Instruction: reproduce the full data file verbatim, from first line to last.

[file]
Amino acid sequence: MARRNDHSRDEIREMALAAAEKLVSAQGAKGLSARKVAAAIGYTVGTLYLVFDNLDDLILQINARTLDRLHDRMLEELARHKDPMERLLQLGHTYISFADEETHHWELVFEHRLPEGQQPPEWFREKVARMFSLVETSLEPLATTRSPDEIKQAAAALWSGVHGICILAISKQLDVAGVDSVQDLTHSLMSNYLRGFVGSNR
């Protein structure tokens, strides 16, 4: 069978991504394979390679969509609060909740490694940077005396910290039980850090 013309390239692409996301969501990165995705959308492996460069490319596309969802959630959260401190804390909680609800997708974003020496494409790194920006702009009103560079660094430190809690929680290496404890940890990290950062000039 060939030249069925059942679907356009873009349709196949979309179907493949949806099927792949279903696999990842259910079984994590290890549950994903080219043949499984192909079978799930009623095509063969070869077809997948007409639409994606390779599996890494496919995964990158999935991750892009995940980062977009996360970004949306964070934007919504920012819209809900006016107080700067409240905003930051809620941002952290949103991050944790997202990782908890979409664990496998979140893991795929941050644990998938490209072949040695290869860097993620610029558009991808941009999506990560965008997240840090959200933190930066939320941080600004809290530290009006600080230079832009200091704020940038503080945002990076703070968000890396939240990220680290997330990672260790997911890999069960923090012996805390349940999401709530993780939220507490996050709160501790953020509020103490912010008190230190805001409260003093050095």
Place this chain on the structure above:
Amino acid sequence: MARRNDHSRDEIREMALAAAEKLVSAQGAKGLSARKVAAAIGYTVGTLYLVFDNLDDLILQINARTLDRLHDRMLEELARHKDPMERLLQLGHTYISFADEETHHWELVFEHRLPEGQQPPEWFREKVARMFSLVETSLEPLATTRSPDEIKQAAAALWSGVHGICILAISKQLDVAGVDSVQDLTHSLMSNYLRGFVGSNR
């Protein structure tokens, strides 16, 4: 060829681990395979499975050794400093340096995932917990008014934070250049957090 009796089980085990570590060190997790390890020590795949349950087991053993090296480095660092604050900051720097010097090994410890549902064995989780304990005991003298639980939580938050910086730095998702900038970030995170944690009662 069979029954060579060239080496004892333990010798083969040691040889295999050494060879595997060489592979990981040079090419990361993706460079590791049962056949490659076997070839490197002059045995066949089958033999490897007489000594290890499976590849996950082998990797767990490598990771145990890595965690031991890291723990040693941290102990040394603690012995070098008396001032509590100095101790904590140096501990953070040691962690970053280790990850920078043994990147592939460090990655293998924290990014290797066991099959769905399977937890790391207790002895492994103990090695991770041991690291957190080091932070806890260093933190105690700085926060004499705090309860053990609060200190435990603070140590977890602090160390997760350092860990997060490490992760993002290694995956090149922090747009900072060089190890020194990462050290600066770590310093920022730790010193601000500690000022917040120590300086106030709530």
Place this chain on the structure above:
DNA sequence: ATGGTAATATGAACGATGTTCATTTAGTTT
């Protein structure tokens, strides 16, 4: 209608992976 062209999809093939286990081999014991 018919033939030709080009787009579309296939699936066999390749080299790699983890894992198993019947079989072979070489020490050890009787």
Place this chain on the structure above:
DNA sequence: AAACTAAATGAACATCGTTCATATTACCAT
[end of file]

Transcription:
Amino acid sequence: MARRNDHSRDEIREMALAAAEKLVSAQGAKGLSARKVAAAIGYTVGTLYLVFDNLDDLILQINARTLDRLHDRMLEELARHKDPMERLLQLGHTYISFADEETHHWELVFEHRLPEGQQPPEWFREKVARMFSLVETSLEPLATTRSPDEIKQAAAALWSGVHGICILAISKQLDVAGVDSVQDLTHSLMSNYLRGFVGSNR
């Protein structure tokens, strides 16, 4: 069978991504394979390679969509609060909740490694940077005396910290039980850090 013309390239692409996301969501990165995705959308492996460069490319596309969802959630959260401190804390909680609800997708974003020496494409790194920006702009009103560079660094430190809690929680290496404890940890990290950062000039 060939030249069925059942679907356009873009349709196949979309179907493949949806099927792949279903696999990842259910079984994590290890549950994903080219043949499984192909079978799930009623095509063969070869077809997948007409639409994606390779599996890494496919995964990158999935991750892009995940980062977009996360970004949306964070934007919504920012819209809900006016107080700067409240905003930051809620941002952290949103991050944790997202990782908890979409664990496998979140893991795929941050644990998938490209072949040695290869860097993620610029558009991808941009999506990560965008997240840090959200933190930066939320941080600004809290530290009006600080230079832009200091704020940038503080945002990076703070968000890396939240990220680290997330990672260790997911890999069960923090012996805390349940999401709530993780939220507490996050709160501790953020509020103490912010008190230190805001409260003093050095």
Place this chain on the structure above:
Amino acid sequence: MARRNDHSRDEIREMALAAAEKLVSAQGAKGLSARKVAAAIGYTVGTLYLVFDNLDDLILQINARTLDRLHDRMLEELARHKDPMERLLQLGHTYISFADEETHHWELVFEHRLPEGQQPPEWFREKVARMFSLVETSLEPLATTRSPDEIKQAAAALWSGVHGICILAISKQLDVAGVDSVQDLTHSLMSNYLRGFVGSNR
């Protein structure tokens, strides 16, 4: 060829681990395979499975050794400093340096995932917990008014934070250049957090 009796089980085990570590060190997790390890020590795949349950087991053993090296480095660092604050900051720097010097090994410890549902064995989780304990005991003298639980939580938050910086730095998702900038970030995170944690009662 069979029954060579060239080496004892333990010798083969040691040889295999050494060879595997060489592979990981040079090419990361993706460079590791049962056949490659076997070839490197002059045995066949089958033999490897007489000594290890499976590849996950082998990797767990490598990771145990890595965690031991890291723990040693941290102990040394603690012995070098008396001032509590100095101790904590140096501990953070040691962690970053280790990850920078043994990147592939460090990655293998924290990014290797066991099959769905399977937890790391207790002895492994103990090695991770041991690291957190080091932070806890260093933190105690700085926060004499705090309860053990609060200190435990603070140590977890602090160390997760350092860990997060490490992760993002290694995956090149922090747009900072060089190890020194990462050290600066770590310093920022730790010193601000500690000022917040120590300086106030709530």
Place this chain on the structure above:
DNA sequence: ATGGTAATATGAACGATGTTCATTTAGTTT
């Protein structure tokens, strides 16, 4: 209608992976 062209999809093939286990081999014991 018919033939030709080009787009579309296939699936066999390749080299790699983890894992198993019947079989072979070489020490050890009787």
Place this chain on the structure above:
DNA sequence: AAACTAAATGAACATCGTTCATATTACCAT